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Endocrine Specific Diseases Large Animal Notes

Veterinary Medicine Notes > Endocrinology and Integument 2 Notes

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Endocrine specific diseases - large animal EQUINE METABOLIC SYNDROME (EMS) EMS describes a characteristic collection of clinical signs and clinicopathological changes in equids. Affected animals typically have increased adiposity (obesity), insulin dysregulation and a predisposition to laminitis. Clinical signs??

High risk breed or 'easy keeper'. Increased adiposity
- Obesity
- Cresty neck
- Supra-orbital fat
- Tail fat pads. Founder lines on hooves.
- Narrower space between growth lines at top of hoof compared to the heel.
- Caused by slower growth at dorsal hoof than at heel. Seasonal pasture-associated laminitis.

Pathogenesis?

There is a breed disposition - breeds described as 'easy keepers' or 'good doers' are more likely to develop EMS. Breeds most commonly affected include ponies of all breeds, Miniature horses, Morgans, Paso Finos, Arabians and Norwegian Fjords. Horses with EMS are more likely to develop

??

- Laminitis - pasture associated and acute laminitis.
- Infertility
- Pedunculated lipomas - leading to strangulating lipomas and colic.
- Hyperlipaemia
- Hyperglycaemia. EMS is thought to begin with insulin dysregulation.
- An increased insulin response to sugars causes hyperinsulinaemia, obesity and regional adiposity and insulin resistance. Horses with PPID are also likely to have EMS, as cortisol causes insulin resistance. EMS is also a risk factor for horses developing PPID - obesity and insulin resistance are associated with low grade inflammation and pro-oxidative sate. This increases oxidative degeneration of dopaminergic neurons. PPID may therefore develop at an earlier age in obese, insulin resistant horses or horses with EMS.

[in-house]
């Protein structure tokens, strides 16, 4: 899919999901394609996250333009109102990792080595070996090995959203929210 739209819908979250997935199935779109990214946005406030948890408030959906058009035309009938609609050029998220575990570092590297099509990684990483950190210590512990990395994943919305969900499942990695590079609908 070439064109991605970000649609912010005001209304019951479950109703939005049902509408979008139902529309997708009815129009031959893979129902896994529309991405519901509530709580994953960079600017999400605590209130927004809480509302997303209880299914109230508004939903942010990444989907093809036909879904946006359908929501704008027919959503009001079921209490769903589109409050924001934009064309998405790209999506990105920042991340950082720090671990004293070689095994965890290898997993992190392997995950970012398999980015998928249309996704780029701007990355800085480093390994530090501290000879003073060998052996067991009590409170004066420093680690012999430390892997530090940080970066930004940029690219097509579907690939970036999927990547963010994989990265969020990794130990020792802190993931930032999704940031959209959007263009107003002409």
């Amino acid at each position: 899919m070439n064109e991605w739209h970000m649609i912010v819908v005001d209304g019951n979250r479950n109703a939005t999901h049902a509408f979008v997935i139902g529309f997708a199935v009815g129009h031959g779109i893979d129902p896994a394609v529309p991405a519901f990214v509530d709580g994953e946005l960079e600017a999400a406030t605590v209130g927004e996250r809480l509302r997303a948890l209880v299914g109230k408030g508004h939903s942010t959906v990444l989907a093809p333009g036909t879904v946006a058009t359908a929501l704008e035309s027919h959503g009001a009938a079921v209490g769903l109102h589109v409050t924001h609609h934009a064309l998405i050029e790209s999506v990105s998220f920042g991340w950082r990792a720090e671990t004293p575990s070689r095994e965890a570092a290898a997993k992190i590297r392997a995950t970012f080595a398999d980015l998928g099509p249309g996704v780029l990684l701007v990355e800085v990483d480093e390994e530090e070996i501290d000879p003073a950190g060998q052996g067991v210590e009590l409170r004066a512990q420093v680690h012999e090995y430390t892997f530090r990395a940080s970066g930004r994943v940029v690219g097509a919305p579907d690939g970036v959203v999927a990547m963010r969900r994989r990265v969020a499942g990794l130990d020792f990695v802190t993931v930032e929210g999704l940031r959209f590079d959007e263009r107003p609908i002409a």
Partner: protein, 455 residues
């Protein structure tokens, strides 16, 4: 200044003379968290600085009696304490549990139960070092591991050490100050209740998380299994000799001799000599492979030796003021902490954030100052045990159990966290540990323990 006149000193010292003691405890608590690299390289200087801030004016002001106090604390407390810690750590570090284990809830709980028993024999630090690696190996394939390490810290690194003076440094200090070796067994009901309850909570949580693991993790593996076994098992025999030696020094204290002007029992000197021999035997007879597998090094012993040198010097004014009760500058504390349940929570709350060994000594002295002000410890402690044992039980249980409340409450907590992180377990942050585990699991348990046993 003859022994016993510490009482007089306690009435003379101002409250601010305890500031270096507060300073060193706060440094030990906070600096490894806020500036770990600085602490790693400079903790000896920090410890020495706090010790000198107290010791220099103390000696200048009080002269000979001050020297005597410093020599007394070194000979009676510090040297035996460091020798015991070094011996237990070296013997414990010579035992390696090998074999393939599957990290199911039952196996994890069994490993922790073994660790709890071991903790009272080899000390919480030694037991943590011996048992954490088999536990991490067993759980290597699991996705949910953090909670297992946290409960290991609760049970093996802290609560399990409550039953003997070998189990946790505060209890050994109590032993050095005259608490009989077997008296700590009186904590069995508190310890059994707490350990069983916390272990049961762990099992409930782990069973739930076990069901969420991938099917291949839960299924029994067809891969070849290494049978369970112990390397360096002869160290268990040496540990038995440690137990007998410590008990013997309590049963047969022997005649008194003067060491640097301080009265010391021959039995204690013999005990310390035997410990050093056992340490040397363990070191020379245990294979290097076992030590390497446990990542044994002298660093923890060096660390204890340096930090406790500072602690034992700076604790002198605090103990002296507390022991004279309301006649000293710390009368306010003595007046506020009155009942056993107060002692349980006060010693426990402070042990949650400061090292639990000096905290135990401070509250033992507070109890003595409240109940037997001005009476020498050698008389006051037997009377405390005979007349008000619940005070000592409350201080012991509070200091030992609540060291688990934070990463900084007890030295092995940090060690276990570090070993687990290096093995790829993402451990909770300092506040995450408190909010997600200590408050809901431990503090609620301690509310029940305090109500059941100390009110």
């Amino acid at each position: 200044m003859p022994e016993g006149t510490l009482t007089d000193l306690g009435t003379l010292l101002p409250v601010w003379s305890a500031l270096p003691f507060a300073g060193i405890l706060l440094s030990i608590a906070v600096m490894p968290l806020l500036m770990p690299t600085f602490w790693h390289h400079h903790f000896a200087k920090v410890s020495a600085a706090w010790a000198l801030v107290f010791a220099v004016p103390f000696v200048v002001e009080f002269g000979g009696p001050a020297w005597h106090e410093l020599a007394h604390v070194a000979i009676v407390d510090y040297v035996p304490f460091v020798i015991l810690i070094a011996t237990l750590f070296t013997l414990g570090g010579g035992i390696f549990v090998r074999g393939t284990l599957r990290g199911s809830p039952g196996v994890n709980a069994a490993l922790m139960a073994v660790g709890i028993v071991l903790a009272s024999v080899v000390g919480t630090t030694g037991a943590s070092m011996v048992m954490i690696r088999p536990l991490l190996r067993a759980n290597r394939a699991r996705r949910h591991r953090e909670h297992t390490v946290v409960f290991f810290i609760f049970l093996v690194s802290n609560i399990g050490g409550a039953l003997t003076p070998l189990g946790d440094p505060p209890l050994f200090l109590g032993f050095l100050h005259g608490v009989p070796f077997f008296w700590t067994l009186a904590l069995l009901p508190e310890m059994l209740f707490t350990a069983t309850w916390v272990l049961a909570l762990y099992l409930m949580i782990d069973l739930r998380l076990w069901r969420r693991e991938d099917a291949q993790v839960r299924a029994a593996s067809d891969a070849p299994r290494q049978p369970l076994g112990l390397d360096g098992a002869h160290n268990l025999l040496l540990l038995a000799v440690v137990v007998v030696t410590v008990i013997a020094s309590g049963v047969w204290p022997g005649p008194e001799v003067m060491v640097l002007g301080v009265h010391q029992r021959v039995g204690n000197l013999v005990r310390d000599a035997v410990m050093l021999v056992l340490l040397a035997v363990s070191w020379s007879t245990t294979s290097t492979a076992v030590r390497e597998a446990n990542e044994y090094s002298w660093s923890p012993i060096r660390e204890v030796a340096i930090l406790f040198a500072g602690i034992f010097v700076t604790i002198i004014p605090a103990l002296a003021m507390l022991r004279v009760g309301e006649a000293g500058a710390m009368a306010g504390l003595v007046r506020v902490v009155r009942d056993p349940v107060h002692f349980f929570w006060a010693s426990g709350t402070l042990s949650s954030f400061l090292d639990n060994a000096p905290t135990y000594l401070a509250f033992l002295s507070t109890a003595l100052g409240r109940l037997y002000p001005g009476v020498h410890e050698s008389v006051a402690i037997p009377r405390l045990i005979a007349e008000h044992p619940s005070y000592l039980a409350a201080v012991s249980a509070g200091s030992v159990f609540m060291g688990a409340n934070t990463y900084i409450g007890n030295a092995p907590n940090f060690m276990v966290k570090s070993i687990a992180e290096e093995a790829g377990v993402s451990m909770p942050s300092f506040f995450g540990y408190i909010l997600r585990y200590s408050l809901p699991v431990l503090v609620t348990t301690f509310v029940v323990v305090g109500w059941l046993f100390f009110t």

DiagnosisThe oral sugar test is a field test that can be used to diagnosis horses at risk of EMS.
- The horse is fasted overnight.
- Karo syrup containing 1g/ml of digestible sugar is fed to the horse at a dose of 0.15ml/kg (75ml for 500kg).
- It is administered orally with a dose syringe.
- The blood glucose and insulin concentrations are then measured 60 minutes and 90 minutes later, or from one sample taken 75 minutes later.
- A positive result is indicated if insulin is >60uU/ml or if glucose is
>125mg/dL.

?The in-feed oral glucose challenge test can also be used
- The horse is fasted overnight
- The horse is given a non-glycaemic feed (such as chaff) containing 1g/kg bodyweight dextrose powder in the morning.
- Blood is collected 2 hours after feed is consumed.
- A positive result is indicated if insulin >85uU/mL. Resting insulin levels can also be measures.
- Normal insulin levels are <20uU/mL.
- Must be done on a fasted sample.

Treatment??

Weight reduction in obese horses In lean or normal body fat horses, a diet that provides calories without exacerbating hyperinsulinaemia is required.
- Free-choice hay.
- Add vegetable oil for calories at 240ml twice daily. Limit pasture grazing
- A grass paddock that is 1/3 to 1/2 of an acre is suitable.
- Give a companion to reduce stress. A hay ration balancer diet is useful for weight reduction.

Week

% body weight

Body weight (lb)

Amount hay fed (lb)

0-2 2-6
>6

1.5 1.5 1

1200 (current) 1000 (ideal) 1000 (ideal)

18lb 15lb 10lb?

Approximate amount (1 flak = 3lb). 6 flakes 5 flakes 3 flakes

Exercise plan that includes trotting or cantering for 30 minutes a day. Medical treatment includes